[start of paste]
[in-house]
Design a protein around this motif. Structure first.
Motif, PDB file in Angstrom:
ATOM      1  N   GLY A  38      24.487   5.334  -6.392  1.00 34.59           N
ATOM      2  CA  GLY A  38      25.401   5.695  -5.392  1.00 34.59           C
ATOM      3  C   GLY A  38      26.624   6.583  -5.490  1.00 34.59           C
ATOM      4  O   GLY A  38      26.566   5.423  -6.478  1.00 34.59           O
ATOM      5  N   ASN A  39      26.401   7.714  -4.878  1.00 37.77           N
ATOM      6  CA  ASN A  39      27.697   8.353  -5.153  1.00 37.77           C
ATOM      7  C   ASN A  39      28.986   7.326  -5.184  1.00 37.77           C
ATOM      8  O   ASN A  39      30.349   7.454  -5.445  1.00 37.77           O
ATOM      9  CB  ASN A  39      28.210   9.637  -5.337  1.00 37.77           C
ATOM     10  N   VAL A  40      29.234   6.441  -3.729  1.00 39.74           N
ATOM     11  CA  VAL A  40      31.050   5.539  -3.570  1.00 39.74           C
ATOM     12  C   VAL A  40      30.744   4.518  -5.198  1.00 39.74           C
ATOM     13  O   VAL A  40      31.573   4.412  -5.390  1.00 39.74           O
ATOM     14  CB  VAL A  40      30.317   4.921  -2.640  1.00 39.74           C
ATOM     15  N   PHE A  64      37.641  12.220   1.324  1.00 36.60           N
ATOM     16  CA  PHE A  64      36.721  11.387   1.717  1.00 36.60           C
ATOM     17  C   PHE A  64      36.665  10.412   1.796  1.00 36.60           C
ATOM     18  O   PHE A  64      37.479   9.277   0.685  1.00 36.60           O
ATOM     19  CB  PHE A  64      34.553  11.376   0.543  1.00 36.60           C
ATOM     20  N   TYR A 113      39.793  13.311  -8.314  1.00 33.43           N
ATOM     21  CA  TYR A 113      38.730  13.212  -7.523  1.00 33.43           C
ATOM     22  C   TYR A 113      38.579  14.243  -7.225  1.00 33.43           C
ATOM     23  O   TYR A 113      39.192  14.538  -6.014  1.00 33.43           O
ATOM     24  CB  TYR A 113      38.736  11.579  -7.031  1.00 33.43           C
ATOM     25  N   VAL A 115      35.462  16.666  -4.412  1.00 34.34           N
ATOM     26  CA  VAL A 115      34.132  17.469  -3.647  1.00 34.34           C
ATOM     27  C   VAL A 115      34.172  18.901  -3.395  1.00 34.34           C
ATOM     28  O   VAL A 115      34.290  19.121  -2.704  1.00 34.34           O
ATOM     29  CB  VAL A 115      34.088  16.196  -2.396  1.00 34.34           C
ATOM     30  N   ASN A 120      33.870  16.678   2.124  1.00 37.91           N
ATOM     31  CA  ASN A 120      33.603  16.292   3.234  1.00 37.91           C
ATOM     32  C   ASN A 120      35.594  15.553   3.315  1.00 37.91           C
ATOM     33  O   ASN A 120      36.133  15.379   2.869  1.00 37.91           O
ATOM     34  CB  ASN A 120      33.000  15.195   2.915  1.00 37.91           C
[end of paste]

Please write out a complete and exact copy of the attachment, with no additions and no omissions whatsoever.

[in-house]
Design a protein around this motif. Structure first.
Motif, PDB file in Angstrom:
ATOM      1  N   GLY A  38      24.487   5.334  -6.392  1.00 34.59           N
ATOM      2  CA  GLY A  38      25.401   5.695  -5.392  1.00 34.59           C
ATOM      3  C   GLY A  38      26.624   6.583  -5.490  1.00 34.59           C
ATOM      4  O   GLY A  38      26.566   5.423  -6.478  1.00 34.59           O
ATOM      5  N   ASN A  39      26.401   7.714  -4.878  1.00 37.77           N
ATOM      6  CA  ASN A  39      27.697   8.353  -5.153  1.00 37.77           C
ATOM      7  C   ASN A  39      28.986   7.326  -5.184  1.00 37.77           C
ATOM      8  O   ASN A  39      30.349   7.454  -5.445  1.00 37.77           O
ATOM      9  CB  ASN A  39      28.210   9.637  -5.337  1.00 37.77           C
ATOM     10  N   VAL A  40      29.234   6.441  -3.729  1.00 39.74           N
ATOM     11  CA  VAL A  40      31.050   5.539  -3.570  1.00 39.74           C
ATOM     12  C   VAL A  40      30.744   4.518  -5.198  1.00 39.74           C
ATOM     13  O   VAL A  40      31.573   4.412  -5.390  1.00 39.74           O
ATOM     14  CB  VAL A  40      30.317   4.921  -2.640  1.00 39.74           C
ATOM     15  N   PHE A  64      37.641  12.220   1.324  1.00 36.60           N
ATOM     16  CA  PHE A  64      36.721  11.387   1.717  1.00 36.60           C
ATOM     17  C   PHE A  64      36.665  10.412   1.796  1.00 36.60           C
ATOM     18  O   PHE A  64      37.479   9.277   0.685  1.00 36.60           O
ATOM     19  CB  PHE A  64      34.553  11.376   0.543  1.00 36.60           C
ATOM     20  N   TYR A 113      39.793  13.311  -8.314  1.00 33.43           N
ATOM     21  CA  TYR A 113      38.730  13.212  -7.523  1.00 33.43           C
ATOM     22  C   TYR A 113      38.579  14.243  -7.225  1.00 33.43           C
ATOM     23  O   TYR A 113      39.192  14.538  -6.014  1.00 33.43           O
ATOM     24  CB  TYR A 113      38.736  11.579  -7.031  1.00 33.43           C
ATOM     25  N   VAL A 115      35.462  16.666  -4.412  1.00 34.34           N
ATOM     26  CA  VAL A 115      34.132  17.469  -3.647  1.00 34.34           C
ATOM     27  C   VAL A 115      34.172  18.901  -3.395  1.00 34.34           C
ATOM     28  O   VAL A 115      34.290  19.121  -2.704  1.00 34.34           O
ATOM     29  CB  VAL A 115      34.088  16.196  -2.396  1.00 34.34           C
ATOM     30  N   ASN A 120      33.870  16.678   2.124  1.00 37.91           N
ATOM     31  CA  ASN A 120      33.603  16.292   3.234  1.00 37.91           C
ATOM     32  C   ASN A 120      35.594  15.553   3.315  1.00 37.91           C
ATOM     33  O   ASN A 120      36.133  15.379   2.869  1.00 37.91           O
ATOM     34  CB  ASN A 120      33.000  15.195   2.915  1.00 37.91           C